Getting a coronavirus vaccine during Ramadan is safe for Muslims, a centre set up to investigate the impact of race and ethnicity on people’s health has said.
The NHS Race and Health Observatory said it had been made aware of inquiries about vaccine uptake during the 30-day holy period.
This year, Ramadan starts on April 12 and lasts until May 12.
Concerns had been raised about whether the act of getting the vaccine would break the fast, as well as potential side effects of feeling unwell after being vaccinated, and reservations about taking daily pain relief medication.
We do not want to put these communities at any unnecessary risk by not accepting their first or second dose of the vaccination if offeredDr Habib Naqvi
Dr Habib Naqvi, director observatory, said: “We need to tackle and address early concerns raised by Muslim communities who may be offered their vaccinations whilst fasting and working in frontline and supporting roles.
“There is no reason why a first or second dose vaccine cannot be administered during Ramadan. The content is halal, and receiving it will not invalidate the Ramadan fast, as per the opinion of Islamic scholars.
“The Covid-19 pandemic has required sacrifices from all NHS staff. Muslims have additional challenges during Ramadan by having to function without sustenance during working hours.
“We do not want to put these communities at any unnecessary risk by not accepting their first or second dose of the vaccination if offered.”
The Observatory said Ramadan is one of a number of forthcoming faith periods and festivals, including Passover, Easter, Vaisakhi and Eid – which marks the end of Ramadan – which is likely to be celebrated amid some Covid-19 restrictions and adapted practices.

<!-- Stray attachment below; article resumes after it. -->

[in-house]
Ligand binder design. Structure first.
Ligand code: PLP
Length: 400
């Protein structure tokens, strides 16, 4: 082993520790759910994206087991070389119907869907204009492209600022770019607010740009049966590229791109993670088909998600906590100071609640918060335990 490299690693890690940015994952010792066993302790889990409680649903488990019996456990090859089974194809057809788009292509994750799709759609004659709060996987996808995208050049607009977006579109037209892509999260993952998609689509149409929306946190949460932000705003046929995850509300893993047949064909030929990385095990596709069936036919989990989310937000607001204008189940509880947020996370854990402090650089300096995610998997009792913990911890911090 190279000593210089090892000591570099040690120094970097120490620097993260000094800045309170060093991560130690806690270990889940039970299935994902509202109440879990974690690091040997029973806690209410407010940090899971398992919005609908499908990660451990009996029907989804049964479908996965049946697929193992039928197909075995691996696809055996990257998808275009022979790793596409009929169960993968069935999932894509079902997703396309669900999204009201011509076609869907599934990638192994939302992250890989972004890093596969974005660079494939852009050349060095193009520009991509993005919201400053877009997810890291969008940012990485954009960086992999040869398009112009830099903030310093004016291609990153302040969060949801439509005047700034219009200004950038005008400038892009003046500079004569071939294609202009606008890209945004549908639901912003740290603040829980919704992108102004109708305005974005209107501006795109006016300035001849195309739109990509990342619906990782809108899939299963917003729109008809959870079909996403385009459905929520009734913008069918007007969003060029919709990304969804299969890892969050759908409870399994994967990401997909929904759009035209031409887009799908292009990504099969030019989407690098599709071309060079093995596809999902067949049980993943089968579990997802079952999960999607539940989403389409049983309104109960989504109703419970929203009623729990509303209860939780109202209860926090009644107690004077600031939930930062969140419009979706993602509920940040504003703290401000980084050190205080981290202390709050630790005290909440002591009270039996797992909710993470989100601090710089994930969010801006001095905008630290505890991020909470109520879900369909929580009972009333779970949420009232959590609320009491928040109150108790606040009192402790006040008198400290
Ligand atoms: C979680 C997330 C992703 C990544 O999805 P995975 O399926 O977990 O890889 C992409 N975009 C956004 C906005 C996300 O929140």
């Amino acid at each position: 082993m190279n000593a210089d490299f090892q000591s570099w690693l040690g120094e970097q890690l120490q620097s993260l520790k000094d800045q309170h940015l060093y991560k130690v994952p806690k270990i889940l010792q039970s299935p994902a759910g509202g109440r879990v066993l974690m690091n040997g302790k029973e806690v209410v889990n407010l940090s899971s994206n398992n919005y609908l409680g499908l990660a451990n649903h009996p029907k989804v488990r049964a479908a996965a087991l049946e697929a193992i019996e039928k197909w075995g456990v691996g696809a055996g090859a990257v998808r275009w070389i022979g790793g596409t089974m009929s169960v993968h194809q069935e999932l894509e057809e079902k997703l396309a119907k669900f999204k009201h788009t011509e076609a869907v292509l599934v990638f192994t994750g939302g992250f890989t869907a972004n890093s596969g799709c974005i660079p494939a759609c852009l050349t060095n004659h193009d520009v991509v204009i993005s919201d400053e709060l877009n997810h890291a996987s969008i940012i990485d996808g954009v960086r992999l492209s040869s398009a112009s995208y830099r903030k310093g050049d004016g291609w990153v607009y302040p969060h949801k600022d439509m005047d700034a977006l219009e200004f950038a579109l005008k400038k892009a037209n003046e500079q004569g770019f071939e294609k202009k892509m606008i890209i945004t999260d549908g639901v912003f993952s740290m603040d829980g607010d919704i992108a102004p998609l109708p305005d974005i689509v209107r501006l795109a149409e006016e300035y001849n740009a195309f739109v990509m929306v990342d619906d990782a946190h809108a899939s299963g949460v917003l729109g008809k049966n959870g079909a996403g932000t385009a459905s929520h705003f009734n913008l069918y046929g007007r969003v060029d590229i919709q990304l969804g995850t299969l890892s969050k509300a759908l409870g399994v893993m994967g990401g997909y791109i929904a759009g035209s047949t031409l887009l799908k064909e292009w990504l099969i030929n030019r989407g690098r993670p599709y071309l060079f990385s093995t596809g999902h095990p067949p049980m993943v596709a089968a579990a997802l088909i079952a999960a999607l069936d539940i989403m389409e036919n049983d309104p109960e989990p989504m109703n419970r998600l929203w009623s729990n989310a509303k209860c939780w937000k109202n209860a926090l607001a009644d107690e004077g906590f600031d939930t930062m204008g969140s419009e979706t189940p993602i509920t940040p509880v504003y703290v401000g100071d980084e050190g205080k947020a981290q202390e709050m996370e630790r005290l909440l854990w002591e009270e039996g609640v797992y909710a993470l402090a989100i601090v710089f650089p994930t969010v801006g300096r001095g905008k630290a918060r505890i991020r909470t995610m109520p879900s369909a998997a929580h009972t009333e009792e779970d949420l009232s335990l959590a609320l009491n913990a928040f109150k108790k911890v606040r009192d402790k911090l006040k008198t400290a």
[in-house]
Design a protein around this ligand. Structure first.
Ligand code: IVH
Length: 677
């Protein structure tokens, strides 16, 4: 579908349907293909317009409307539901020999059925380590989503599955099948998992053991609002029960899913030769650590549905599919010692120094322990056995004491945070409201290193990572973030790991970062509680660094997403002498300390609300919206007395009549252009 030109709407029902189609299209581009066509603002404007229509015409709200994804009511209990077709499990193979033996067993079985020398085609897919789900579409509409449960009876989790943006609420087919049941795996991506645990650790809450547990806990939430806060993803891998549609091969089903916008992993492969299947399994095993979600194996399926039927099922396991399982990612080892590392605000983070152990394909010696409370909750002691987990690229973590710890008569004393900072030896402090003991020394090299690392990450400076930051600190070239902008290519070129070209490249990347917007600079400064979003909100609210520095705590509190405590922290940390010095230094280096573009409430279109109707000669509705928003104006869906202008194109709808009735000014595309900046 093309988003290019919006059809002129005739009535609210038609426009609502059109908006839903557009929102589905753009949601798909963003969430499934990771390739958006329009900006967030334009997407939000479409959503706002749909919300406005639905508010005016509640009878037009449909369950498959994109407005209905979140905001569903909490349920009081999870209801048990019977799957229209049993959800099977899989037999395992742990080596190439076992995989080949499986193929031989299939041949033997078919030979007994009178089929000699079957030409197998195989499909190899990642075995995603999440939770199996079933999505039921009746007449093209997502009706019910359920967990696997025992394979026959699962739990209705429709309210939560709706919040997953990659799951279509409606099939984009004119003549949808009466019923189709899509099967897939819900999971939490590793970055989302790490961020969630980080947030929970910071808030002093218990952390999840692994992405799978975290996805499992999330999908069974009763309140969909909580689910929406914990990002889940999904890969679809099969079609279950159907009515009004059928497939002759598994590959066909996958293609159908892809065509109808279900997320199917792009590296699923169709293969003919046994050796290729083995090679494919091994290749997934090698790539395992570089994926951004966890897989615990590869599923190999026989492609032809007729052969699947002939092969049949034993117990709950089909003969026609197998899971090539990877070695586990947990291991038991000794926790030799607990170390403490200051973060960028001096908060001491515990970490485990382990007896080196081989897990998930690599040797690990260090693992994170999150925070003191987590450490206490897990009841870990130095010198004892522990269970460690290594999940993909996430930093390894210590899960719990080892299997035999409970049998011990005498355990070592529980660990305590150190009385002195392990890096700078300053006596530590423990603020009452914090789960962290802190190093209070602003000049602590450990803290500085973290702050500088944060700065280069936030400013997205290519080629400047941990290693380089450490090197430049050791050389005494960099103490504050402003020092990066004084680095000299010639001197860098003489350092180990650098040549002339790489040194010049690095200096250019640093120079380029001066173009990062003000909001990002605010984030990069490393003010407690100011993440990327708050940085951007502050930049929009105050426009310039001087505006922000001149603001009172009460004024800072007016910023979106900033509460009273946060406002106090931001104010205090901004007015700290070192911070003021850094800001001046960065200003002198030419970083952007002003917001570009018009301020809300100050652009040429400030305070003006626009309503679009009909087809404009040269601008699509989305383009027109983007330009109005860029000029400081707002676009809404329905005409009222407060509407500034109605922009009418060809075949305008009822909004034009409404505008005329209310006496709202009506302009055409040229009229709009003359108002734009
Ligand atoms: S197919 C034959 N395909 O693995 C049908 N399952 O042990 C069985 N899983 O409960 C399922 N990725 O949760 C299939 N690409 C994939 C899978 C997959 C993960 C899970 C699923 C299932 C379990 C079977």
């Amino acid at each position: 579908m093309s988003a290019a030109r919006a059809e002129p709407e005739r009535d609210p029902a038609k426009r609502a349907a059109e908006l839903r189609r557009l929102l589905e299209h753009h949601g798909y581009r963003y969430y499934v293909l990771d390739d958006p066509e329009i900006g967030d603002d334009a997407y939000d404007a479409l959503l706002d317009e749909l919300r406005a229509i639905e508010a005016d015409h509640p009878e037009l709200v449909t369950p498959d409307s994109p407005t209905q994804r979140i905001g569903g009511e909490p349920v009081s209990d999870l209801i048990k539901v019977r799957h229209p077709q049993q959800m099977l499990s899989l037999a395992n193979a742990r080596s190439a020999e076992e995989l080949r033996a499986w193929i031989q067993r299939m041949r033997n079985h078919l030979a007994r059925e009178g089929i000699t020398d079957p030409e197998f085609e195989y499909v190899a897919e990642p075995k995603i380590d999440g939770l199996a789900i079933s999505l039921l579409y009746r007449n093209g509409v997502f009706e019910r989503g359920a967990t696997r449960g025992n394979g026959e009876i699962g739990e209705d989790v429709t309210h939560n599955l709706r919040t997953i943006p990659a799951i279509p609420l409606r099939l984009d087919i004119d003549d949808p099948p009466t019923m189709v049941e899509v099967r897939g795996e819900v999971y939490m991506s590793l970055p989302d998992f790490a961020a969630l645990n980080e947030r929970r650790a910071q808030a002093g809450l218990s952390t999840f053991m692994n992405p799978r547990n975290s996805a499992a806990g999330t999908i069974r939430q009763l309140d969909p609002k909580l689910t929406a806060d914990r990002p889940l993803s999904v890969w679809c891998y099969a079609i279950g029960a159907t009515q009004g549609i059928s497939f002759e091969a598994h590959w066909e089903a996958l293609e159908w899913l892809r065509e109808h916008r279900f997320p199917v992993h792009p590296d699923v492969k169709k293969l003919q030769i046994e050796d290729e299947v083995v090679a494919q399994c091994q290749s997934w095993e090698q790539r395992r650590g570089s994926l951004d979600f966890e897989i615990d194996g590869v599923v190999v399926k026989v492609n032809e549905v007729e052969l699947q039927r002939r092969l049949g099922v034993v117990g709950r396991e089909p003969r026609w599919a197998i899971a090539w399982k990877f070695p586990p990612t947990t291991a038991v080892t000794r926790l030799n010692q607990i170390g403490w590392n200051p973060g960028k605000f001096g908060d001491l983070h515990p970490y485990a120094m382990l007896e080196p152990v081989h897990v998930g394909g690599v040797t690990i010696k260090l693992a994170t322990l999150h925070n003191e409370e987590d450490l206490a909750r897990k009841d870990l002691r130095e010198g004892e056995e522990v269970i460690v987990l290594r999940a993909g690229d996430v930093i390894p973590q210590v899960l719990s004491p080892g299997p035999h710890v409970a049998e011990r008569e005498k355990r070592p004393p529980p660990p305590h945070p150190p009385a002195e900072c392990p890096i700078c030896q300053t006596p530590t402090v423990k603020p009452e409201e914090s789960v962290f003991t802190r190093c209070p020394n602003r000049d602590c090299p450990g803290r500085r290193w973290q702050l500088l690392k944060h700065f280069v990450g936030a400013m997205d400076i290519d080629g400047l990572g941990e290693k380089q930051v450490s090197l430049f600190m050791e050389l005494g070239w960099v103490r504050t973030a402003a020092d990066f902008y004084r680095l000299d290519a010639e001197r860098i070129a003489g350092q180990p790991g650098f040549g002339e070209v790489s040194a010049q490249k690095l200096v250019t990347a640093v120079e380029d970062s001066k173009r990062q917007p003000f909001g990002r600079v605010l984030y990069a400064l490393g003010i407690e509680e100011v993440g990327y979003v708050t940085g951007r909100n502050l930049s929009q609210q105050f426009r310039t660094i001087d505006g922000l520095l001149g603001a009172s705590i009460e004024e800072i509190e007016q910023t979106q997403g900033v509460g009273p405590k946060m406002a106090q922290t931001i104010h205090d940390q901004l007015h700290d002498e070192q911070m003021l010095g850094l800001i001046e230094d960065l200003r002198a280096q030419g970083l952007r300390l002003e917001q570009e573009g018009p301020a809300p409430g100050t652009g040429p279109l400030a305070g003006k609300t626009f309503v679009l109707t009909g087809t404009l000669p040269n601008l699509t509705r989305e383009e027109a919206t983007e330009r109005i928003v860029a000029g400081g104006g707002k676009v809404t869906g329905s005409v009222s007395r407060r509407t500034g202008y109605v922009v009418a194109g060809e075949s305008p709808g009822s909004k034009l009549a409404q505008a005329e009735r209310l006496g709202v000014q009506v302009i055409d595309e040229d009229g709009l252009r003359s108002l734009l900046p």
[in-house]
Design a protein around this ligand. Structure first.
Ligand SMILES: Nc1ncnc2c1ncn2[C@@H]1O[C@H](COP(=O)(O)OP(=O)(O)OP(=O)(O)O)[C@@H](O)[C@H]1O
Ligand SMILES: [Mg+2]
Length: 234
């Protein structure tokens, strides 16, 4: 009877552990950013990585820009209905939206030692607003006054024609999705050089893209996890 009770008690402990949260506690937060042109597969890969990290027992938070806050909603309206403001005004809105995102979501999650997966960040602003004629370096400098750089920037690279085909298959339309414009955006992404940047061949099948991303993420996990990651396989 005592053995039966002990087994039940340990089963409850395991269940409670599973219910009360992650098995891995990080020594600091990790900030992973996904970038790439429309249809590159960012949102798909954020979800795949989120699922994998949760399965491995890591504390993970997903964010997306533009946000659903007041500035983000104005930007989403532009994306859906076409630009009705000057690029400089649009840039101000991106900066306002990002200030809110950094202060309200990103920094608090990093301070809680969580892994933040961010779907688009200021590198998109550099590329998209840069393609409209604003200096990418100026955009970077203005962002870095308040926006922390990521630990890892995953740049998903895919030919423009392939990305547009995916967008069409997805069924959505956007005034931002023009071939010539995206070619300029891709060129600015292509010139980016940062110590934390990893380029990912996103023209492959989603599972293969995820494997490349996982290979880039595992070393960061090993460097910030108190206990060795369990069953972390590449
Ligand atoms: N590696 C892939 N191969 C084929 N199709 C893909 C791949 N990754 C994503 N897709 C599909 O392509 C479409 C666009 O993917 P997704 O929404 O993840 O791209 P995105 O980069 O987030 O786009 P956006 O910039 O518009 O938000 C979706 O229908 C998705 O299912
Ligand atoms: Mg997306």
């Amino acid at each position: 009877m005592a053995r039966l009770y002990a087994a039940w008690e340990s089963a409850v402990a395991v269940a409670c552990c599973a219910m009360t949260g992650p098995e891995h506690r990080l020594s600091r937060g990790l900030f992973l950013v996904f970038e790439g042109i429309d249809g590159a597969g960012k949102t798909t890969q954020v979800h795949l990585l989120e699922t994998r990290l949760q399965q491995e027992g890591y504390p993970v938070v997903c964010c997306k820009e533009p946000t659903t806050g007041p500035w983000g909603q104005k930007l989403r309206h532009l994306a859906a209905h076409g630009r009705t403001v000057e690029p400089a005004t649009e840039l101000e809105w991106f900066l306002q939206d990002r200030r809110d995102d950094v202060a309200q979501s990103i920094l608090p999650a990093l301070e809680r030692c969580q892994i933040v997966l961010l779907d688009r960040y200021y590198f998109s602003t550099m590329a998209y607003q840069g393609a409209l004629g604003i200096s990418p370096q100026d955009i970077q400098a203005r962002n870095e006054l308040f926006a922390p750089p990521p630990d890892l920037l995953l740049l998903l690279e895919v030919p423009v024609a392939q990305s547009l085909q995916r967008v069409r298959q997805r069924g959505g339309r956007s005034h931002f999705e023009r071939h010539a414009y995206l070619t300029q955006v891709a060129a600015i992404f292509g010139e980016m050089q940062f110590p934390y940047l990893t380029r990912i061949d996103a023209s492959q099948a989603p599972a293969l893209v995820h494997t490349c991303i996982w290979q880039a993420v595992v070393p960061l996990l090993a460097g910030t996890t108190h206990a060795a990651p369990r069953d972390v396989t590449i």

Dr Hina Shahid, chair of the Muslim Doctors Association, said: “This has been a unique time globally, with festivals of Ramadan and Eid occurring during the peak of Covid-19.
“Muslims and other faith communities have met these challenges head on; it was inspiring to see the community using technology for prayer and sharing images of iftar with family and friends at the start of the pandemic.
“Obviously, during the pandemic these festivities and norms have been very different.
“Vaccination is one of our biggest tools to make sure we can go back to normal soon, including celebrating festivals with our loved ones when it is safe to do so.
“I encourage everyone to get vaccinated when they get called, including during Ramadan, and to discuss any concerns with their GP.”
Dr Naqvi said the virus had “made many of our black and minority ethnic communities even more vulnerable”.
He added: “If coronavirus restrictions remain in place this Ramadan, the message is, whether working or shielding, take the vaccine and help protect yourself and your community.”